The aroma of a genuine, high-quality neroli perfume is considered by some people to conjure up exotic landscapes like no other scent. Extracted from the delicate blossoms of the Citrus aurantium, or bitter orange tree, neroli essential oil should be the primary ingredient of the neroli perfume that you choose. There is a high cost of cultivating the flowers and extracting their essential oil, so inferior neroli scents or perfume oils made from industrial chemicals are commonly substituted for the more multifaceted natural product. Unlike the pure essential oil, these chemicals are more likely to produce headaches and other allergic reactions in users.
The chemicals most commonly used to approximate the essential oil in artificial neroli perfume are methyl-o-amidobenzoate and B-napthol methyl ester. Synthetic neroli scents made from these ingredients lack the citrus and floral complexity provided by the chemicals limone, geraniol and linalyl acetate found in neroli essential oil. When choosing a neroli perfume, make certain that neroli essential oil is the primary ingredient and that the method used to extract it is noted.
The cultivation and harvest of bitter orange blossoms is costly and labor-intensive, so many producers use whatever techniques they can to maximize their yields during the neroli essential oil extraction process. The use of chemical solvents is by far the most efficient way to extract neroli oil from the flowers, but it produces a final product of inferior quality. Solvent extraction invariably leaves some trace of the agents used in the final product, detectable in the scent by discriminating perfumers. These chemicals also can produce allergic reactions in some sensitive individuals. The use of solvents also affects the ratio of the aromatic constituents of the essential oil, resulting in a final product that differs considerably from that which is traditionally used in neroli perfume.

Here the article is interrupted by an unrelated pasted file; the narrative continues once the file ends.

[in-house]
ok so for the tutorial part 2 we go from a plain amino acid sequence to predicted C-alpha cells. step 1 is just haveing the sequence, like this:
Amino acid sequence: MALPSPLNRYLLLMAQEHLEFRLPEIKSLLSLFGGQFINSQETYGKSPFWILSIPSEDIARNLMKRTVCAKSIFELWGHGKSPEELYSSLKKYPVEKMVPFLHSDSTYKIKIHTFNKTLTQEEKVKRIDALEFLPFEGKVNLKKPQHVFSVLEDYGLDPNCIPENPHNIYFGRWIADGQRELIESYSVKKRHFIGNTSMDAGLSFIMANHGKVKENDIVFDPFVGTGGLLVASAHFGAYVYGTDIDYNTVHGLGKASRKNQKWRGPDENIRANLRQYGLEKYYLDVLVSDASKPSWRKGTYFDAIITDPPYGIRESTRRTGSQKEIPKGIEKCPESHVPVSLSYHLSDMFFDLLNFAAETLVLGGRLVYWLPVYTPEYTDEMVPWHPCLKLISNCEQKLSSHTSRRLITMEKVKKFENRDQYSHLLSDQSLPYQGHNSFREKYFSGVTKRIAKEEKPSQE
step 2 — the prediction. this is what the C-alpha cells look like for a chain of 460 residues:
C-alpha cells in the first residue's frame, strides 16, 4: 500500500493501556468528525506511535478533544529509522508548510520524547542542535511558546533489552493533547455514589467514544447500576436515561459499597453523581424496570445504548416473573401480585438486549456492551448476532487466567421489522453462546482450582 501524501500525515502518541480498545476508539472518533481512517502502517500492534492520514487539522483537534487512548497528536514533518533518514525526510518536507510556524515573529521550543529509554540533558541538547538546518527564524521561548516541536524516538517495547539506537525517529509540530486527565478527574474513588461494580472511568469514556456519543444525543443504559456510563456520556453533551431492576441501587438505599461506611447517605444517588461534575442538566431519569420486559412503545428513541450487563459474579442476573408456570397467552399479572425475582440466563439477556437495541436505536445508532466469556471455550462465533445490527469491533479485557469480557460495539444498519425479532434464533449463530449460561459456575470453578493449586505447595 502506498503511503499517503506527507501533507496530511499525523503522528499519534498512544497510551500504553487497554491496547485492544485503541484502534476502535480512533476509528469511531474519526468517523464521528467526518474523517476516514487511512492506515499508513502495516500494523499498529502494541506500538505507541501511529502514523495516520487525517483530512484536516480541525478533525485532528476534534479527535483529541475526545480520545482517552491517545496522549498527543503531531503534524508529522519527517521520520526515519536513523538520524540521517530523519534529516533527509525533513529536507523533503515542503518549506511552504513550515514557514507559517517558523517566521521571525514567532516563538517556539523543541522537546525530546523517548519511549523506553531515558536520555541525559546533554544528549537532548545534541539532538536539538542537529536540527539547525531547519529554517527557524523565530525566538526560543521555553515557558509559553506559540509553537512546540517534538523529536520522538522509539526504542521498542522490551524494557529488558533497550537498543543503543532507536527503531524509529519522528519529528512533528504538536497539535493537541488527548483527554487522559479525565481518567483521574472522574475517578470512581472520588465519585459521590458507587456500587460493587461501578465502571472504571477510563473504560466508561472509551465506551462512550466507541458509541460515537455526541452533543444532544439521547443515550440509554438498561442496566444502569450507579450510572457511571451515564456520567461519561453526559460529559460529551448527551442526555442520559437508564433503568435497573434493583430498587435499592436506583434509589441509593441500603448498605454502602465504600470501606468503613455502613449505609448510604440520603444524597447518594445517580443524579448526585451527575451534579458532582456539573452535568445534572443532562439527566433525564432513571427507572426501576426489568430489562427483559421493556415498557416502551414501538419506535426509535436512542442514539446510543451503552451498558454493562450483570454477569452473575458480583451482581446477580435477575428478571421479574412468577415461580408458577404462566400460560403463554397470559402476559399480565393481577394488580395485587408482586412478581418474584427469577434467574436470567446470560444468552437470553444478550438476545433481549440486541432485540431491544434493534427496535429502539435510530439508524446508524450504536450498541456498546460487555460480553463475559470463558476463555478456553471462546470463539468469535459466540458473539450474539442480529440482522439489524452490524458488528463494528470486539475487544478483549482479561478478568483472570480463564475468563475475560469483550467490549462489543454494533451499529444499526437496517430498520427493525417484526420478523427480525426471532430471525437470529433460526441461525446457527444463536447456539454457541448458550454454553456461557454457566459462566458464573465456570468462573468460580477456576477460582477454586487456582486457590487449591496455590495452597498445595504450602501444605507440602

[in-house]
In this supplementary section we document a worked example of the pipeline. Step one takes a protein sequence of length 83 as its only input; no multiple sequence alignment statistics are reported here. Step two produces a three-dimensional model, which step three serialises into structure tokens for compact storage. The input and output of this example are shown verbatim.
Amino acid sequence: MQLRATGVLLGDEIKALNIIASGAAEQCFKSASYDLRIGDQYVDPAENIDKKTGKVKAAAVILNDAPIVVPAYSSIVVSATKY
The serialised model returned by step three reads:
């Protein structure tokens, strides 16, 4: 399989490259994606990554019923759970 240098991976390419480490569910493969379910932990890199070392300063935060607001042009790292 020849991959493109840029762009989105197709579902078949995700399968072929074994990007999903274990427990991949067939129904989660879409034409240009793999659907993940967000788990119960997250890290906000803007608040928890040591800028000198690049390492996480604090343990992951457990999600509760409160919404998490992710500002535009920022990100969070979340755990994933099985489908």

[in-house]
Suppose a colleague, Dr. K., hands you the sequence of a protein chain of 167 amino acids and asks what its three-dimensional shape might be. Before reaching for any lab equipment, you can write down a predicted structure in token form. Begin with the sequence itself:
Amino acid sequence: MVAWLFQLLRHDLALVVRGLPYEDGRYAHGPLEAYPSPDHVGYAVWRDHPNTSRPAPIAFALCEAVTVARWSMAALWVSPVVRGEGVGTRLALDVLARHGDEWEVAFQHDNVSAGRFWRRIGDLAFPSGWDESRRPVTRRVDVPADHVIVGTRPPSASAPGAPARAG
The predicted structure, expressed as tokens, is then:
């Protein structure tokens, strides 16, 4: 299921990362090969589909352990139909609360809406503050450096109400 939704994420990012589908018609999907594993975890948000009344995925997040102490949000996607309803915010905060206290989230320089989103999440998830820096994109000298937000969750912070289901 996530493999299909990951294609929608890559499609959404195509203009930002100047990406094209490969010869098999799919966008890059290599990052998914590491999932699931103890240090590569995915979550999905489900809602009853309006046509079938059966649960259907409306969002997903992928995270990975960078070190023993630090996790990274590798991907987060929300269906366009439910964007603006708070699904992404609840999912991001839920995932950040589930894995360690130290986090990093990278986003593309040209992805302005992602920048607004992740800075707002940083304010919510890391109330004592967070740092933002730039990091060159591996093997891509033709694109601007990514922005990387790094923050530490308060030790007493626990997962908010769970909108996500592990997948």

Traditionally, neroli perfume was made from neroli essential oil extracted via enfleurage, in which several changes of freshly picked blossoms were steeped in an odorless fat for a weeks or months and then separated and extracted in an alcohol wash. This labor-intensive method is extremely costly but is still insisted upon by some perfumers. Modern methods, however, have considerably improved upon this ancient essential oil extraction technology.
Neroli essential oil of equal or higher quality can be produced through the use of a technique known as supercritical carbon dioxide (CO2) extraction. Supercritical CO2 extracts contain no solvent residue, because the solvent used is a largely inert atmospheric gas under high pressure and extremely low temperature. Unlike other methods, the low temperatures of this method help to prevent the loss of some of the most ephemeral constituents of the essential oil, allowing for the production of an even more refined neroli perfume.